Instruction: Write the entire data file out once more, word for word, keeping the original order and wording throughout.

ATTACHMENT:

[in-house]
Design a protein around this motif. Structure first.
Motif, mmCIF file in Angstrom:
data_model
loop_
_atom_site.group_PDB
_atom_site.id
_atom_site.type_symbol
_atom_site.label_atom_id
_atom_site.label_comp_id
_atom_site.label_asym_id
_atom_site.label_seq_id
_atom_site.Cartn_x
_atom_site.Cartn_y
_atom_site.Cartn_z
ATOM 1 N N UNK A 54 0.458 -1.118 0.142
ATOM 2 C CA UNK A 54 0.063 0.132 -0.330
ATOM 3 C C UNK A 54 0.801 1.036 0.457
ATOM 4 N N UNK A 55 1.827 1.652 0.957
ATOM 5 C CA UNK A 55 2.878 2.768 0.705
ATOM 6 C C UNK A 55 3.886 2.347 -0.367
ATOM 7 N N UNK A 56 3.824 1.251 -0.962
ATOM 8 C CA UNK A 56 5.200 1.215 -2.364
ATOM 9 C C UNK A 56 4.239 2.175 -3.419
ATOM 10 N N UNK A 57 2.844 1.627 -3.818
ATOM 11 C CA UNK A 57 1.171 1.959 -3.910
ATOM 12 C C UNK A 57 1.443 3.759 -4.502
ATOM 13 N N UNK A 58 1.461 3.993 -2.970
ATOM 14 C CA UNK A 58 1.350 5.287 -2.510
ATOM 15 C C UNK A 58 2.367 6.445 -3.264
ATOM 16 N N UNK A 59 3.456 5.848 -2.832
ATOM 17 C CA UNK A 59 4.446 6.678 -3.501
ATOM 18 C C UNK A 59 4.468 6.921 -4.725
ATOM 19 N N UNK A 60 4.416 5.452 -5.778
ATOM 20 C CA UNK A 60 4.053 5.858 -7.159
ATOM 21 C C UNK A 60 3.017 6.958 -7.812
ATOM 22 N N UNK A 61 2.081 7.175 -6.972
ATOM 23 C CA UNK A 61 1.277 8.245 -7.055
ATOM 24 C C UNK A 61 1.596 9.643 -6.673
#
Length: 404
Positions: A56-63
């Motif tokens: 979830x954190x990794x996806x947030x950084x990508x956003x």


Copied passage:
[in-house]
Design a protein around this motif. Structure first.
Motif, mmCIF file in Angstrom:
data_model
loop_
_atom_site.group_PDB
_atom_site.id
_atom_site.type_symbol
_atom_site.label_atom_id
_atom_site.label_comp_id
_atom_site.label_asym_id
_atom_site.label_seq_id
_atom_site.Cartn_x
_atom_site.Cartn_y
_atom_site.Cartn_z
ATOM 1 N N UNK A 54 0.458 -1.118 0.142
ATOM 2 C CA UNK A 54 0.063 0.132 -0.330
ATOM 3 C C UNK A 54 0.801 1.036 0.457
ATOM 4 N N UNK A 55 1.827 1.652 0.957
ATOM 5 C CA UNK A 55 2.878 2.768 0.705
ATOM 6 C C UNK A 55 3.886 2.347 -0.367
ATOM 7 N N UNK A 56 3.824 1.251 -0.962
ATOM 8 C CA UNK A 56 5.200 1.215 -2.364
ATOM 9 C C UNK A 56 4.239 2.175 -3.419
ATOM 10 N N UNK A 57 2.844 1.627 -3.818
ATOM 11 C CA UNK A 57 1.171 1.959 -3.910
ATOM 12 C C UNK A 57 1.443 3.759 -4.502
ATOM 13 N N UNK A 58 1.461 3.993 -2.970
ATOM 14 C CA UNK A 58 1.350 5.287 -2.510
ATOM 15 C C UNK A 58 2.367 6.445 -3.264
ATOM 16 N N UNK A 59 3.456 5.848 -2.832
ATOM 17 C CA UNK A 59 4.446 6.678 -3.501
ATOM 18 C C UNK A 59 4.468 6.921 -4.725
ATOM 19 N N UNK A 60 4.416 5.452 -5.778
ATOM 20 C CA UNK A 60 4.053 5.858 -7.159
ATOM 21 C C UNK A 60 3.017 6.958 -7.812
ATOM 22 N N UNK A 61 2.081 7.175 -6.972
ATOM 23 C CA UNK A 61 1.277 8.245 -7.055
ATOM 24 C C UNK A 61 1.596 9.643 -6.673
#
Length: 404
Positions: A56-63
């Motif tokens: 979830x954190x990794x996806x947030x950084x990508x956003x």